Vacation Pay

Federal law does not require that employers offer vacation time to their employees, though employers may choose to provide their employees with such benefits to prevent employee burnout and boost employee morale. Depending on the laws in your state regarding vacation pay, and your employer’s internal policy, how employers offer vacation time can differ significantly. Paid or unpaid, use it or lose it, and paid time off instead of vacation days, are some examples of different vacation time policies. Read below to learn more about your rights with respect to vacation pay. 


Unless you are covered by a collective bargaining agreement or employment contract that requires you to be given vacation time, the law does not require employers to give their employees any vacation time off, paid or unpaid. Most employers choose to do so to prevent employee burnout and maintain employee morale, but it is not legally required.

There is no federal law that governs vacation time. While a number of states have laws that require employers to pay their employees any vacation time they have accrued, those laws do not require employers to give their employees any vacation time at all.

Even if your company offers vacation time to some of its employees, it may have policies limiting who is eligible. For example:

  • Part-time or temporary employees may not be entitled to vacation benefits at all, although some companies make these benefits available on a pro-rated basis.
  • Employers may require that employees work for the company a certain length of time, sometimes as much as six months or a year, before accruing vacation time or being allowed to use accrued time. (As Americans change jobs more frequently, this can mean that some employees frequently have to start all over again.)
  • High-level or higher-paid employees may accrue more vacation time than lower-level or lower-paid employees. An employee may even negotiate more vacation time as a condition of accepting the job, although some companies are reluctant to do that, out of fear that other employees will feel slighted or claim they are treated unfairly.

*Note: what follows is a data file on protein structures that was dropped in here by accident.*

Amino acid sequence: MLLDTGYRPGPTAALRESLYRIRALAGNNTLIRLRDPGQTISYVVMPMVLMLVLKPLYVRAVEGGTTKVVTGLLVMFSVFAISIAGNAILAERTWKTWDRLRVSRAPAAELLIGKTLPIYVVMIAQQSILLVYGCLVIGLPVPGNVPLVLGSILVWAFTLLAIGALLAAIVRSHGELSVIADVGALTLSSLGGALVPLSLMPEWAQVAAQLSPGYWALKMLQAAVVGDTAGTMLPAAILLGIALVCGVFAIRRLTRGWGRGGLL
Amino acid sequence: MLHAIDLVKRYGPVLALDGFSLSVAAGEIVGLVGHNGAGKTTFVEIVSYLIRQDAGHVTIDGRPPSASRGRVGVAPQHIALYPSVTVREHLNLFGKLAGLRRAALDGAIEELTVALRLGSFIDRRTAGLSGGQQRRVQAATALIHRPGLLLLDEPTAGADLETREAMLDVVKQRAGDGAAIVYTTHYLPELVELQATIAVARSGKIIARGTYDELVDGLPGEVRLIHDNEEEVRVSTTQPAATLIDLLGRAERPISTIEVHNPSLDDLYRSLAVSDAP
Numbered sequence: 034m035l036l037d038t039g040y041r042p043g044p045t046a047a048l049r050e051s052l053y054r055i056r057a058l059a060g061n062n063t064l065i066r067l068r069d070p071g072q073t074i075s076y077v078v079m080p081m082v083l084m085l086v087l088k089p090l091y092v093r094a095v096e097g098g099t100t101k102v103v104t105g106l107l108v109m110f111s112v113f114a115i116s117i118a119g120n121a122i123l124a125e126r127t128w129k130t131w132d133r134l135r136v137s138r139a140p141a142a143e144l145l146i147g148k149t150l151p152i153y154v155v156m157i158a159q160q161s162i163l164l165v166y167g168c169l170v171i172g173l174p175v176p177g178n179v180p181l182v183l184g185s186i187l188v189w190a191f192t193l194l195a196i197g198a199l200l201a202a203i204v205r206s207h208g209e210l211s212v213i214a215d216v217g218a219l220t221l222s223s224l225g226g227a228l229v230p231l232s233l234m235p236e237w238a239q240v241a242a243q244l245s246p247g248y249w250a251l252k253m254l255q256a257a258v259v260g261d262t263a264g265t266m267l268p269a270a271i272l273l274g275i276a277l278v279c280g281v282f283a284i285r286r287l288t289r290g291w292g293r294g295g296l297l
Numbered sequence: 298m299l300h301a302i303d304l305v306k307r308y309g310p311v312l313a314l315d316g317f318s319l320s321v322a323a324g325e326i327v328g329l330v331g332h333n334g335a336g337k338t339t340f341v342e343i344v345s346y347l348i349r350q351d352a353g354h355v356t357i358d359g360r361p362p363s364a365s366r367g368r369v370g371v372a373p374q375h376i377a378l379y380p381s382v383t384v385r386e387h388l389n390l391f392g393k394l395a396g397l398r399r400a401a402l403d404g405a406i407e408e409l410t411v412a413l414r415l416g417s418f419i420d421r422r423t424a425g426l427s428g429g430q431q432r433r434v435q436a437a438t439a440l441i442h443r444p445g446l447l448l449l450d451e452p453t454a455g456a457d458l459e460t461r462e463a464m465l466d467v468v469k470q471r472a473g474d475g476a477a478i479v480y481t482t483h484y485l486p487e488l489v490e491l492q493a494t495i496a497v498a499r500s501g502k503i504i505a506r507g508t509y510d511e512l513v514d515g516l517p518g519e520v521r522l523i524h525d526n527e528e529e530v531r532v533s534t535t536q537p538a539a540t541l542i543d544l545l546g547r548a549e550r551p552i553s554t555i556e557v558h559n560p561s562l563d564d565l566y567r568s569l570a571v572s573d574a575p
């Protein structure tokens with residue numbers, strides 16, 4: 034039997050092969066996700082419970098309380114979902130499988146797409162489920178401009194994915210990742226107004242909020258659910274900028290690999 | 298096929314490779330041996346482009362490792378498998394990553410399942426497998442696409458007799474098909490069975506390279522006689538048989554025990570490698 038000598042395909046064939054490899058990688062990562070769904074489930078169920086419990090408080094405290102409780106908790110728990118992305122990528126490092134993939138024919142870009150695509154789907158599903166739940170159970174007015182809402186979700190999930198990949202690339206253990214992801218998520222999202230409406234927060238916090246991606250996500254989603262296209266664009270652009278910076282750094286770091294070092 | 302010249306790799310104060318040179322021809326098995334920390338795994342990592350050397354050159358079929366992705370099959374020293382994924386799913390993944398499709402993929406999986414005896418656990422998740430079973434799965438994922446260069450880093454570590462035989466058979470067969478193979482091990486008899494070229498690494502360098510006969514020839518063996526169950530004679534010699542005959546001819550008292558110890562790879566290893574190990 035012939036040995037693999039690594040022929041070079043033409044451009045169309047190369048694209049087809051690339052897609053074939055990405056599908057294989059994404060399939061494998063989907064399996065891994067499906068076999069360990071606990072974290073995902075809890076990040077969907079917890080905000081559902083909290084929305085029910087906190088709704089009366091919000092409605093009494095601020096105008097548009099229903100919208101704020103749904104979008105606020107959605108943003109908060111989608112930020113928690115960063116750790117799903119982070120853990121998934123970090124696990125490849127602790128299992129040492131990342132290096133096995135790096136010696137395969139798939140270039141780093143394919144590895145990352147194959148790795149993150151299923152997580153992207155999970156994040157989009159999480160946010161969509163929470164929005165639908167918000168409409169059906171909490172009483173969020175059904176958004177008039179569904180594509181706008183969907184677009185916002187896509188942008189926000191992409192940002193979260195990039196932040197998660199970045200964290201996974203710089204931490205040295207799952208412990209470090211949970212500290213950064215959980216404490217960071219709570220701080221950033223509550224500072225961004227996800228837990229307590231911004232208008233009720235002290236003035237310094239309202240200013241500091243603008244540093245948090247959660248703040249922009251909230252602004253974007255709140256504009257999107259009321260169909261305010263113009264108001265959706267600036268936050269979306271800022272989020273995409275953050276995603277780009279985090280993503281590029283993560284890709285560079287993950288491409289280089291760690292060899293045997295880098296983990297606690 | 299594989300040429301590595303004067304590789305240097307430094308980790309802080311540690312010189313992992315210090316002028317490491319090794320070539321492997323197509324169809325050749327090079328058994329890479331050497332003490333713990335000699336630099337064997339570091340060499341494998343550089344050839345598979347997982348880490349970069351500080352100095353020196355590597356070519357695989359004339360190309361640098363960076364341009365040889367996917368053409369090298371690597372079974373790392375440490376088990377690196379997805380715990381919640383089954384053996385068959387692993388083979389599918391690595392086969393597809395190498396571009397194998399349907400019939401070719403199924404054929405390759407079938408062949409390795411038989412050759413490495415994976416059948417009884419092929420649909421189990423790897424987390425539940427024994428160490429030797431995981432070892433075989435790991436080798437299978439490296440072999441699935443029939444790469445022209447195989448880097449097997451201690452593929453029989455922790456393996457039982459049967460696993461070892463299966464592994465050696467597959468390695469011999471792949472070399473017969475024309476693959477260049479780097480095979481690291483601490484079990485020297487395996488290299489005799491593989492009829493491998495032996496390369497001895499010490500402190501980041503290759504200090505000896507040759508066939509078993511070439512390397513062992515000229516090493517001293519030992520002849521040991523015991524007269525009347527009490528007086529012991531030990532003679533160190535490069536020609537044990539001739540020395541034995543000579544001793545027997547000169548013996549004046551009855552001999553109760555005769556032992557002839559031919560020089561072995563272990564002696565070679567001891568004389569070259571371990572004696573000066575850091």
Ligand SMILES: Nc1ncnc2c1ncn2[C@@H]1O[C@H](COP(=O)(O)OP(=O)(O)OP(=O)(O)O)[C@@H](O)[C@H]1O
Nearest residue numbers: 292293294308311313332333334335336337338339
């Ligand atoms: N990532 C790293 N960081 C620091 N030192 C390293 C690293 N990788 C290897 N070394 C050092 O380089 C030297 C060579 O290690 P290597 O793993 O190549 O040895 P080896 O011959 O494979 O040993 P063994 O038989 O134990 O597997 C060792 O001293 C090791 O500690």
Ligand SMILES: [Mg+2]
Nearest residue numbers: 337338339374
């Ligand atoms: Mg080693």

All of these policies are legal, as long as they are administered according to the policy established by the company, and not used to discriminate against certain employees.

While it might seem reasonable that you be allowed to bank your vacation days from year to year in order to take a longer vacation, many companies have policies that prevent you from doing so. Some of the reasons cited by employers for having such policies include preventing employee burn out, limiting the negative impact of more the team, and limiting the financial exposure of the company when employees leave. 

“Use it or lose it” policies are illegal in states where vacation time is considered to be compensation that must be cashed out when an employee quits or is fired from the company. To withhold vacation pay in these states is the same as failing to pay employees compensation that they have already earned. However, employers in these states may still set accrual caps, whereby employees may only accrue a set number of vacation days.

Where providing vacation time is not required by law, state law and the internal policies of your employer govern the use of vacation time. If you are attempting to use your vacation time, and your employer is not allowing you to use your time, your best bet in this situation is to attempt to work cooperatively with your fellow employees, possibly the Human Resources department if you have one, and company management, to resolve this problem in a way that works for everyone. It is also wise to plan ahead as early as possible, as last-minute requests may be more difficult to accommodate. Scheduling your vacation as early in the year as you can, and during times that are not as in-demand (such as during school vacations or holiday weekends) is also a good idea, because employers may not be able to accommodate everyone who wants to take a vacation at the same time. Submit your request in writing, and have backup dates available if your first choice of dates cannot be accommodated.